My story begins with childhood, which was fraught with difficulty, through a tumultuous adolescence and young adulthood. Looking back all the things that happened, I wonder how I made through all that at such a young age. The one thing I remember holding constant throughout it all is my belief in myself.
My childhood was chaotic. My parents lived separately until I was about 13, when they started living together and we became a family under one roof. But my father was an alcoholic. He got drunk and abused my mother, my brother, and me. Then, when I was 16, I learned that my mother used to date one of my fathers’ friends. This discovery changed my life. I stopped listening to parents. I stopped believing in them. Before I knew about my mother’s affair I was a bright student at school, despite all the chaos. I had believed in my mother in a situation where my father was unreliable. I thought she was my protector.
Later I felt a severe insecurity. I started moving from one relationship to another, looking for someone who would ensure that they would be there for me, no matter what. The men my age did not know or care enough to give me the security. They probably did not understand what I was looking for—but then, neither did I.
I was constantly feeling irritated, gloomy, and psychologically hurt. My academic performances dropped dramatically. I had to take my high school exam three times to qualify for university. When I was 20, just before starting university, I started working in a hotel. A manager there, who said he was 28, invited me out. Pretty soon, we started an affair, and he took my virginity.
Within three months of working in that hotel, I was pregnant. After that, the manager avoided me, so I complained to the board of directors. They gave me the worst news yet: My manager was 36 years old and already married, with a pregnant wife. The board of directors arranged for me to have an abortion, put $250 in my bank account, and sent me home.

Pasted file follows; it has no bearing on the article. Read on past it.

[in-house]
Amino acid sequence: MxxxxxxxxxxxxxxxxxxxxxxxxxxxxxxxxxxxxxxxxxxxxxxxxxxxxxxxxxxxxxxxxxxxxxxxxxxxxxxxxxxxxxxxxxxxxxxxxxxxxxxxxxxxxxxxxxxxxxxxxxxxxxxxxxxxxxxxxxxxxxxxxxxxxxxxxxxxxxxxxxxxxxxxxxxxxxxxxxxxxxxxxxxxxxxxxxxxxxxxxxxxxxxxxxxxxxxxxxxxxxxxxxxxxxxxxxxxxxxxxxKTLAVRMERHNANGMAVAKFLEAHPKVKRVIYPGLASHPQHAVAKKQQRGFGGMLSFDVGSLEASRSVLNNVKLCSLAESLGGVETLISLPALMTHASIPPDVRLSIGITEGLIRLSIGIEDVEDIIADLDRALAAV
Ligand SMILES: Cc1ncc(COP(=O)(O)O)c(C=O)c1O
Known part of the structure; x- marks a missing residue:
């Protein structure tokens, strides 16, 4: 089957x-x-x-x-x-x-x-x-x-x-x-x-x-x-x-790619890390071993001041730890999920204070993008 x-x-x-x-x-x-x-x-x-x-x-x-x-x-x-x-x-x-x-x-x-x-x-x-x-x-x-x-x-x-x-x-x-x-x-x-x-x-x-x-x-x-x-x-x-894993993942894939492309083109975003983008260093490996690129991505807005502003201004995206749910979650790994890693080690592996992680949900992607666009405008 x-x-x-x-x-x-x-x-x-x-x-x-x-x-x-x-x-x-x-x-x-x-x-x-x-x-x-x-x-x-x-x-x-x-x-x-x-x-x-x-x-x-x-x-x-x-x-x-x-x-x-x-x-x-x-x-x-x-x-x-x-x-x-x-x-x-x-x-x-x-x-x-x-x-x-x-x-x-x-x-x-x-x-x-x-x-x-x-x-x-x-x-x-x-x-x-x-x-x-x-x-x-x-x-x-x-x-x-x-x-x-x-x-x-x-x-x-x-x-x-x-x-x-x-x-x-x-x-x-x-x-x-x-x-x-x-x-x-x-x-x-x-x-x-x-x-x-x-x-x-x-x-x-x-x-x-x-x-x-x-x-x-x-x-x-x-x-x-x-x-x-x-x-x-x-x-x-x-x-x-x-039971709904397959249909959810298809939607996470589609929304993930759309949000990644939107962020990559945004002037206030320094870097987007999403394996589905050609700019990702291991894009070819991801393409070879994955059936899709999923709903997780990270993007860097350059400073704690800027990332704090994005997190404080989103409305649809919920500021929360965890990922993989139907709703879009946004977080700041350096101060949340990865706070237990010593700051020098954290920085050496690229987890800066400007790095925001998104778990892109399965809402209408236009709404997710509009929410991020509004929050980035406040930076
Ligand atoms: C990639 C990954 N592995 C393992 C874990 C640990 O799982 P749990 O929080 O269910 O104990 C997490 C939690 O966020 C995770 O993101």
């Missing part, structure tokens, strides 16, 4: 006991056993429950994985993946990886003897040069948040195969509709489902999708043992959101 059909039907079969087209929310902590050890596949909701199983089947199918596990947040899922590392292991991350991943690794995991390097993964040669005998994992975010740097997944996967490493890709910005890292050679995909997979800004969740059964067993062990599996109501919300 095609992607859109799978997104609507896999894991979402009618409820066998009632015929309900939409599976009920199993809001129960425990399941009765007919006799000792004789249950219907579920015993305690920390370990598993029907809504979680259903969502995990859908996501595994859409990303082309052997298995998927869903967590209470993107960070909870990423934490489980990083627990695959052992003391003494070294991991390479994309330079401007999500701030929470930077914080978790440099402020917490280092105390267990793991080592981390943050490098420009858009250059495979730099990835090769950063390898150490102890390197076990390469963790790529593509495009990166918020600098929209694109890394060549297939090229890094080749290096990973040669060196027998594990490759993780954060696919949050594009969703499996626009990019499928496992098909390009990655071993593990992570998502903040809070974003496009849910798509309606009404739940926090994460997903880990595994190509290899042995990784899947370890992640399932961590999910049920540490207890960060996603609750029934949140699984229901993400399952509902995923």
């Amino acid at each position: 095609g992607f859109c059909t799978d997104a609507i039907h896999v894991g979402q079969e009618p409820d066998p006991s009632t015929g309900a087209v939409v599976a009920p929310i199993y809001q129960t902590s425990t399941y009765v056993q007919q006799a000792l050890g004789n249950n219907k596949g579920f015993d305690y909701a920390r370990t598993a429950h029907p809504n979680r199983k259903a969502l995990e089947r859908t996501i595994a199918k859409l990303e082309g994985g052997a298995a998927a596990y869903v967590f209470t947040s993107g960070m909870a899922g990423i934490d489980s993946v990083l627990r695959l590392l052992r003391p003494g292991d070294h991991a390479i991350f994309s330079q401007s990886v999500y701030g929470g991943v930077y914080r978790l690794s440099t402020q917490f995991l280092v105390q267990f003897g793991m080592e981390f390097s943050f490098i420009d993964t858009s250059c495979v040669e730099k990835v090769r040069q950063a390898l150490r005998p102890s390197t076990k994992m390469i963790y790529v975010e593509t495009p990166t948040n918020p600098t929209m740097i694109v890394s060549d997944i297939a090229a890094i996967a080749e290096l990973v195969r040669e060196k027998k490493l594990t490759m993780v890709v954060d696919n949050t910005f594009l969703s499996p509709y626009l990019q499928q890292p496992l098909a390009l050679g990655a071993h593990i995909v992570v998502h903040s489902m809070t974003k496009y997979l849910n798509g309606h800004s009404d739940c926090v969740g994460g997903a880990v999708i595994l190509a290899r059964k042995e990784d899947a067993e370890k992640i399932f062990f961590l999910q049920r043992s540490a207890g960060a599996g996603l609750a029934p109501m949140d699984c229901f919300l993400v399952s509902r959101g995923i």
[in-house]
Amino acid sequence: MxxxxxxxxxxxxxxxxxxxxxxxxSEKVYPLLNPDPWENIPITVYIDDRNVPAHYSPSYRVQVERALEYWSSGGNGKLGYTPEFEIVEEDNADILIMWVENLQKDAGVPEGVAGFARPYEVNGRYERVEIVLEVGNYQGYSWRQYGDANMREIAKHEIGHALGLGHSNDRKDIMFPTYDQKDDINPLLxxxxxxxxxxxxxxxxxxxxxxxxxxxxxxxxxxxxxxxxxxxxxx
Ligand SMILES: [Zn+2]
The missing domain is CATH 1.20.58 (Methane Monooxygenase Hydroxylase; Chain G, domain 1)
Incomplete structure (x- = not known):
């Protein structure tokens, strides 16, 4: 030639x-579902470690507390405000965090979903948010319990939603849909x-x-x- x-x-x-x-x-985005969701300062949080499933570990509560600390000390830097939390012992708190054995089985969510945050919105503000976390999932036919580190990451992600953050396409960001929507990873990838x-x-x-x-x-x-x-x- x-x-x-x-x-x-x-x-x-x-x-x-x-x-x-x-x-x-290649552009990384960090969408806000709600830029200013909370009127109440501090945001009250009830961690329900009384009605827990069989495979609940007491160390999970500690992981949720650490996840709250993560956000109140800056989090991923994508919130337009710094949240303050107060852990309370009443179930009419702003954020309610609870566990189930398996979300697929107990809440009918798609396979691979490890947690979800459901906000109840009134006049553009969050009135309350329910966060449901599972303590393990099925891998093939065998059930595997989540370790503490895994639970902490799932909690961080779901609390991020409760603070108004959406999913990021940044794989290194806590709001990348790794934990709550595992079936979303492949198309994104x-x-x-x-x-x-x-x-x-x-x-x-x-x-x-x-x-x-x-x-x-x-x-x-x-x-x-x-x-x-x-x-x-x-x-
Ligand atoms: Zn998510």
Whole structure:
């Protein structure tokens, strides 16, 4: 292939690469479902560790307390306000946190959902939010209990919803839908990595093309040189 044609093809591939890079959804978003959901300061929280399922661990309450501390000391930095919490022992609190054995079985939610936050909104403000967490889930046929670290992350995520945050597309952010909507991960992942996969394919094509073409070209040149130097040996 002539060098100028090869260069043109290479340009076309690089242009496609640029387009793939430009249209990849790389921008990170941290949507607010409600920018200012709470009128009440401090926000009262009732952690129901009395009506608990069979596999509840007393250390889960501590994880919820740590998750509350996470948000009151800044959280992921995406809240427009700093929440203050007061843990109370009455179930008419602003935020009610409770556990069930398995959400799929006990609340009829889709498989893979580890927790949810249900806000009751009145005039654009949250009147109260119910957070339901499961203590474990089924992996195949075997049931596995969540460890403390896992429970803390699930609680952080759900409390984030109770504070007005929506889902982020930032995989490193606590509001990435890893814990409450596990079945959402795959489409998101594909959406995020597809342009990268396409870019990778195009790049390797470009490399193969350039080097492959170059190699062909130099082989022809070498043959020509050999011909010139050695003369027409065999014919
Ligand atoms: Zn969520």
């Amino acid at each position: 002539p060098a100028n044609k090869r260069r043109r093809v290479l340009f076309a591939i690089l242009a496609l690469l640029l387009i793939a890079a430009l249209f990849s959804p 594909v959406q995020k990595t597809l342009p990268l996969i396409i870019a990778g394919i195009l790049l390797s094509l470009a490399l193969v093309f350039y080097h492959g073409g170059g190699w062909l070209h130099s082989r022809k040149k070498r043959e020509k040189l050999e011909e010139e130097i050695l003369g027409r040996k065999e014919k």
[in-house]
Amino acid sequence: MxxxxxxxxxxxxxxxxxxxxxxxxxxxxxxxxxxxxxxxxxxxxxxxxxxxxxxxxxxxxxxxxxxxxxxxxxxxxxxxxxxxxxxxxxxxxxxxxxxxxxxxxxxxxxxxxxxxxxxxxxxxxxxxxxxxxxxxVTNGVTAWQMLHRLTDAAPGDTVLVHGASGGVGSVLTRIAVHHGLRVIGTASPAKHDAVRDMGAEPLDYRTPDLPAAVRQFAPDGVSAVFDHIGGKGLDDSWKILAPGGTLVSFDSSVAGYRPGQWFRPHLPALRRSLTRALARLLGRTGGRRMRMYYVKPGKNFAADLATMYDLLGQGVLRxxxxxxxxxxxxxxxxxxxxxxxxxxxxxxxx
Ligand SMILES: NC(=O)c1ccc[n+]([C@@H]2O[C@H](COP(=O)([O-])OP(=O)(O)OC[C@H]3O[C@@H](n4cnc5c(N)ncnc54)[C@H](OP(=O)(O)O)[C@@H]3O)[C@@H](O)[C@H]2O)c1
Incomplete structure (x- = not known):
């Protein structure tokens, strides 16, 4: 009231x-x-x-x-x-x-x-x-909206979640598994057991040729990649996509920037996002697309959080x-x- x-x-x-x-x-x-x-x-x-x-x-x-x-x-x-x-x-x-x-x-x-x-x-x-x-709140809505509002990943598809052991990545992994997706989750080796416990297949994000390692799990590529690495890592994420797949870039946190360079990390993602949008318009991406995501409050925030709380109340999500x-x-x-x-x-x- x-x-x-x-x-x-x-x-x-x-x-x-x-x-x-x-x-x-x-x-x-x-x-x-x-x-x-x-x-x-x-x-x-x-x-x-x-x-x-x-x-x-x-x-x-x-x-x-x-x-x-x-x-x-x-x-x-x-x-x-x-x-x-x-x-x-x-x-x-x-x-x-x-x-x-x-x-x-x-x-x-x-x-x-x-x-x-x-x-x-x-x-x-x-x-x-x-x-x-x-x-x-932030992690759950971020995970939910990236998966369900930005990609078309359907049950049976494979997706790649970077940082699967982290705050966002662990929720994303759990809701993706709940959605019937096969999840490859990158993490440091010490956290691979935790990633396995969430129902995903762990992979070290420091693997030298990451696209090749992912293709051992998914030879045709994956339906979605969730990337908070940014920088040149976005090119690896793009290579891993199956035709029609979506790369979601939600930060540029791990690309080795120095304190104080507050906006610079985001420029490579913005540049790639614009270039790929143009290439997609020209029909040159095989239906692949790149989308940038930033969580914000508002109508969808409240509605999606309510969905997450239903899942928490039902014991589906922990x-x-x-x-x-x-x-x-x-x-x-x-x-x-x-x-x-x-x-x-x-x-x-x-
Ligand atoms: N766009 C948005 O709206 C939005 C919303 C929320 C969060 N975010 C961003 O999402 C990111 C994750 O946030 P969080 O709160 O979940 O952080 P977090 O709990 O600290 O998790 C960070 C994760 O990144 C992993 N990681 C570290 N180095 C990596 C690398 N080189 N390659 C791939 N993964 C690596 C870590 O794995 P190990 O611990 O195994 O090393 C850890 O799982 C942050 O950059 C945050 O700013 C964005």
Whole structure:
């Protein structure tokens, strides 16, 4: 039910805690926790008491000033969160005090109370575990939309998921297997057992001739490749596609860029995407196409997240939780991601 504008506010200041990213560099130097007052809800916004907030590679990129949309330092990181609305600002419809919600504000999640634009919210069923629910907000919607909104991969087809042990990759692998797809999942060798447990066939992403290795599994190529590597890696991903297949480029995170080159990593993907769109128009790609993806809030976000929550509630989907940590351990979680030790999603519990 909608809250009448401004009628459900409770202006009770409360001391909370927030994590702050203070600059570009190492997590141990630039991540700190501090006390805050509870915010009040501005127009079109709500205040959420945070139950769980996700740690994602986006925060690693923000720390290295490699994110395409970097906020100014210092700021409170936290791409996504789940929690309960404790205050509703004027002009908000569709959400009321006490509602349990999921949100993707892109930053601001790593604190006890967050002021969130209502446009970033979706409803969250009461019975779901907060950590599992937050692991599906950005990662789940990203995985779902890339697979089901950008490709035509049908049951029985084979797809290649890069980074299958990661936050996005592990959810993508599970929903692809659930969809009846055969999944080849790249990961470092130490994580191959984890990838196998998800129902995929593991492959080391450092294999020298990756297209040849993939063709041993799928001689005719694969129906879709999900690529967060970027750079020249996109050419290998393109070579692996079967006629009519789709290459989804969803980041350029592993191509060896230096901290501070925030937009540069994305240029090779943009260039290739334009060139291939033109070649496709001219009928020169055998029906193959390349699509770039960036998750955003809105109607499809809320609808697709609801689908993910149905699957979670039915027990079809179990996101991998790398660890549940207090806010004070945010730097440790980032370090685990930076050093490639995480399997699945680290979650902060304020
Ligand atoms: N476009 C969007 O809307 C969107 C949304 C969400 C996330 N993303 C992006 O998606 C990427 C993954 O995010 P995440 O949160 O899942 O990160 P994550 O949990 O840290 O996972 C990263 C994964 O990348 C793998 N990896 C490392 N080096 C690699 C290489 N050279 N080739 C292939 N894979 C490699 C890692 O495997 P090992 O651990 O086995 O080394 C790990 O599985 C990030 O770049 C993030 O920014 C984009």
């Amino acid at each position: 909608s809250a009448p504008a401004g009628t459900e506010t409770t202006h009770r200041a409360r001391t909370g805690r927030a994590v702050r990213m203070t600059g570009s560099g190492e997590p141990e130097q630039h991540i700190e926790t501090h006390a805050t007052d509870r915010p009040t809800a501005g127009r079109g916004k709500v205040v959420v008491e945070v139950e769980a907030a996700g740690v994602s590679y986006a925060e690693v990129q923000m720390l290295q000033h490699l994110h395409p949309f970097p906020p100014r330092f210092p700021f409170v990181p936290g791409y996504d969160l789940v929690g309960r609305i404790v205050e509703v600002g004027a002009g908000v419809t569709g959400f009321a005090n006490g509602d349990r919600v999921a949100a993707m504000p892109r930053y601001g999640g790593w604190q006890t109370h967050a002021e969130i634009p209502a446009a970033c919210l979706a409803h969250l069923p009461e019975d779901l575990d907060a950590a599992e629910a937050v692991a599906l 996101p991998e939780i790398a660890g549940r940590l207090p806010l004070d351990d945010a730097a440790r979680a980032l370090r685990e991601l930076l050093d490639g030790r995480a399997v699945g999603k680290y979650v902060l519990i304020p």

Having sex before marriage is taboo in my country—certainly grounds for shaming. Abortions are even worse; they are illegal. By age 20, I’d had both experiences. Girls at the university criticized how I walked, talked, dressed, and smiled. They acted alarmed if I smiled at a man. Guys saw me as a slut and they rejected me. Neighbors gossiped about me and pitied me. They lamented what an unfortunate girl I was, despite being so beautiful and bright. Even my own mother criticized me for not being a virgin.
But I did not fail. I did not commit suicide. I trusted the man I was with; I was attuned to the slightest kind word he offered me, because I craved affection. He ended up taking advantage of my situation. I was an innocent, hurt, lost child… but I was not a sinner.
Soon after having my abortion, I went to university and completed a science degree. When I went to university, I engaged in endless extracurricular activities to keep my mind off the demons that plagued me. I cried a lot and kept myself busy with sports and studies as much as possible. I not only graduated from university after four years with a science degree and second class honors, upper division, but also earned university colors for basketball.